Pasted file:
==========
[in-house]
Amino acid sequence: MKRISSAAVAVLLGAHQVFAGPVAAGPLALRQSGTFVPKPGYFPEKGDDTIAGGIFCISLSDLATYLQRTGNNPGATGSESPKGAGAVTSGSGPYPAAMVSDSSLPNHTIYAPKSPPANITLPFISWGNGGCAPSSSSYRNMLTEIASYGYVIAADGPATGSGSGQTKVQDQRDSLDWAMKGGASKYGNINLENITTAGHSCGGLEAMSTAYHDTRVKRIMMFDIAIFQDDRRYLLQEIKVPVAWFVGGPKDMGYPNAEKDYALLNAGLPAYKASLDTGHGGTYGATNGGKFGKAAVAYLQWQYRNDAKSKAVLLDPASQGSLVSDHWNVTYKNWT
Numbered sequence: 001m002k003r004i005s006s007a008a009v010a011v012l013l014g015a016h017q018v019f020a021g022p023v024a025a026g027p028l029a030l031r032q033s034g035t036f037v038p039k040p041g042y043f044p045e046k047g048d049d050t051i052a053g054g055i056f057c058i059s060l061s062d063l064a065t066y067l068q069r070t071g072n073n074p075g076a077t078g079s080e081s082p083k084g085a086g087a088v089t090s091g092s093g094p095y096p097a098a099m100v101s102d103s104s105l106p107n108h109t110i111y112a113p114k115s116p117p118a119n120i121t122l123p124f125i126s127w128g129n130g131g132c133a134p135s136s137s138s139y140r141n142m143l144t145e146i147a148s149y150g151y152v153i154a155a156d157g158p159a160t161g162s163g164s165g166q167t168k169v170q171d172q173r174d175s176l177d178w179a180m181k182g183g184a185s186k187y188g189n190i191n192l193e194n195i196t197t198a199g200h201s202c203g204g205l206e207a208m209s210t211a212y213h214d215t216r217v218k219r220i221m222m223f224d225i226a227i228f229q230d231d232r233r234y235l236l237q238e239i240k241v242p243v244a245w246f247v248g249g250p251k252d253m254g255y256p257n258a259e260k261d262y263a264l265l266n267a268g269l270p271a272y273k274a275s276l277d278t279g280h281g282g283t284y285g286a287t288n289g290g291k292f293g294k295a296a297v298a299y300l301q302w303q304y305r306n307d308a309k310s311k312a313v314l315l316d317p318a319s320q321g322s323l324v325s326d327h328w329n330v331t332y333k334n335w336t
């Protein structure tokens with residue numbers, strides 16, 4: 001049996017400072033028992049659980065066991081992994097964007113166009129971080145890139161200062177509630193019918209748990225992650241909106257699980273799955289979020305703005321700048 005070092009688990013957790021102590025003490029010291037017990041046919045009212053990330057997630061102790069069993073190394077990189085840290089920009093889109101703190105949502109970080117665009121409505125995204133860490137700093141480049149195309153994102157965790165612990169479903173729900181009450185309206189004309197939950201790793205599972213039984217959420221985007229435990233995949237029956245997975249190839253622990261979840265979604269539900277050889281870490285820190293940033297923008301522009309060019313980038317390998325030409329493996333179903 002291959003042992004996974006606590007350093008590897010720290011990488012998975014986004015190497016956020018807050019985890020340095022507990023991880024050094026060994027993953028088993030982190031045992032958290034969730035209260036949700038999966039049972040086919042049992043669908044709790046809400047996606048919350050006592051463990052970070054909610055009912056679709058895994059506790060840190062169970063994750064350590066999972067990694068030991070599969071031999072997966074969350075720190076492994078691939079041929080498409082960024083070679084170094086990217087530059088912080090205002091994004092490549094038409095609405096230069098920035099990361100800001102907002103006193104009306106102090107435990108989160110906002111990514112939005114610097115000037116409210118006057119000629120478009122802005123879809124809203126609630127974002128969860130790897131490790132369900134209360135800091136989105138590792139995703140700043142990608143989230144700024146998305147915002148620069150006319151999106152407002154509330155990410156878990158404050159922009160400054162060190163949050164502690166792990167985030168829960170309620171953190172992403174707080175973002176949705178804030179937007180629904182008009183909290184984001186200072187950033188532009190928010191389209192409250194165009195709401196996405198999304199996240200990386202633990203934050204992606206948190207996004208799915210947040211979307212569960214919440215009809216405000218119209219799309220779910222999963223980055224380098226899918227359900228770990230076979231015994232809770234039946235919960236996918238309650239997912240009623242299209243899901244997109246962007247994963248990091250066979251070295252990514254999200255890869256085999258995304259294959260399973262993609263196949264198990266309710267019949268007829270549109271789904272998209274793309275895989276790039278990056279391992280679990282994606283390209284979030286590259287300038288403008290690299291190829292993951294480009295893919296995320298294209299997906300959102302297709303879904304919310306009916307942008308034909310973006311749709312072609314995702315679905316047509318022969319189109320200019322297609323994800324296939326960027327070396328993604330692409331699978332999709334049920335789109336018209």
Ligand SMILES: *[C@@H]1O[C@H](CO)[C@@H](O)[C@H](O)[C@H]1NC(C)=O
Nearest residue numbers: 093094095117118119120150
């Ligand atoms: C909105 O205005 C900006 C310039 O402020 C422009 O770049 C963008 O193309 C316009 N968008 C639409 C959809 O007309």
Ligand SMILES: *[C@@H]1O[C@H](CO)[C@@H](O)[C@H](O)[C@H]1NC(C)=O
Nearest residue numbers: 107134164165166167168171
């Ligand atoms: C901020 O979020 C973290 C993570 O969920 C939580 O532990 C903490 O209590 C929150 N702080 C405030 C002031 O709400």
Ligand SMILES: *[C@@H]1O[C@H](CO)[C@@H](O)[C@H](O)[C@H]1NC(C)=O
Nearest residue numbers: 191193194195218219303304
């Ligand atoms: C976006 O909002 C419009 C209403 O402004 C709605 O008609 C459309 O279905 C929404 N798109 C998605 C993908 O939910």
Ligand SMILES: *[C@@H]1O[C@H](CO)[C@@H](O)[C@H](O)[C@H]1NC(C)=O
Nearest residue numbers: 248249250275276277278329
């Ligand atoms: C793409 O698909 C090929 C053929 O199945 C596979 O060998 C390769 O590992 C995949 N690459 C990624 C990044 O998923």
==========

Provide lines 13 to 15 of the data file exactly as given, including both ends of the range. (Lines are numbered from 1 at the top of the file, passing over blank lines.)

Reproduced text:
């Ligand atoms: C976006 O909002 C419009 C209403 O402004 C709605 O008609 C459309 O279905 C929404 N798109 C998605 C993908 O939910």
Ligand SMILES: *[C@@H]1O[C@H](CO)[C@@H](O)[C@H](O)[C@H]1NC(C)=O
Nearest residue numbers: 248249250275276277278329